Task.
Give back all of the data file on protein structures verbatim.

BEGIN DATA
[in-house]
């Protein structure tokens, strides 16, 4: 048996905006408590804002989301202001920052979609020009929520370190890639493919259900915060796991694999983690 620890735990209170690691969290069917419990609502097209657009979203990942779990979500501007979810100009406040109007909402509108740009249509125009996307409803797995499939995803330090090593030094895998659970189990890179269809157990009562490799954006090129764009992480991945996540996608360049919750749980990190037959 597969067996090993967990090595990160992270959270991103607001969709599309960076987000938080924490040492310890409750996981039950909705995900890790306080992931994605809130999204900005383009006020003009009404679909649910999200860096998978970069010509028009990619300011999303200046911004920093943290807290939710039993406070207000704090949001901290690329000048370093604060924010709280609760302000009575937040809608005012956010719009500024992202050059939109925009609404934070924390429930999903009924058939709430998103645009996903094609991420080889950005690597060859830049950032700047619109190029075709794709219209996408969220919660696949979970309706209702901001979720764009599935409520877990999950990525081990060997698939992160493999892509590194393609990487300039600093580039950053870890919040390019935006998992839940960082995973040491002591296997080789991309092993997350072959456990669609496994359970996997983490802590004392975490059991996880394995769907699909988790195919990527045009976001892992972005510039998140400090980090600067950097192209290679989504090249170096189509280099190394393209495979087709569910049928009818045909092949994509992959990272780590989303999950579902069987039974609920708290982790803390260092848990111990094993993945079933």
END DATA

[in-house]
């Protein structure tokens, strides 16, 4: 048996905006408590804002989301202001920052979609020009929520370190890639493919259900915060796991694999983690 620890735990209170690691969290069917419990609502097209657009979203990942779990979500501007979810100009406040109007909402509108740009249509125009996307409803797995499939995803330090090593030094895998659970189990890179269809157990009562490799954006090129764009992480991945996540996608360049919750749980990190037959 597969067996090993967990090595990160992270959270991103607001969709599309960076987000938080924490040492310890409750996981039950909705995900890790306080992931994605809130999204900005383009006020003009009404679909649910999200860096998978970069010509028009990619300011999303200046911004920093943290807290939710039993406070207000704090949001901290690329000048370093604060924010709280609760302000009575937040809608005012956010719009500024992202050059939109925009609404934070924390429930999903009924058939709430998103645009996903094609991420080889950005690597060859830049950032700047619109190029075709794709219209996408969220919660696949979970309706209702901001979720764009599935409520877990999950990525081990060997698939992160493999892509590194393609990487300039600093580039950053870890919040390019935006998992839940960082995973040491002591296997080789991309092993997350072959456990669609496994359970996997983490802590004392975490059991996880394995769907699909988790195919990527045009976001892992972005510039998140400090980090600067950097192209290679989504090249170096189509280099190394393209495979087709569910049928009818045909092949994509992959990272780590989303999950579902069987039974609920708290982790803390260092848990111990094993993945079933």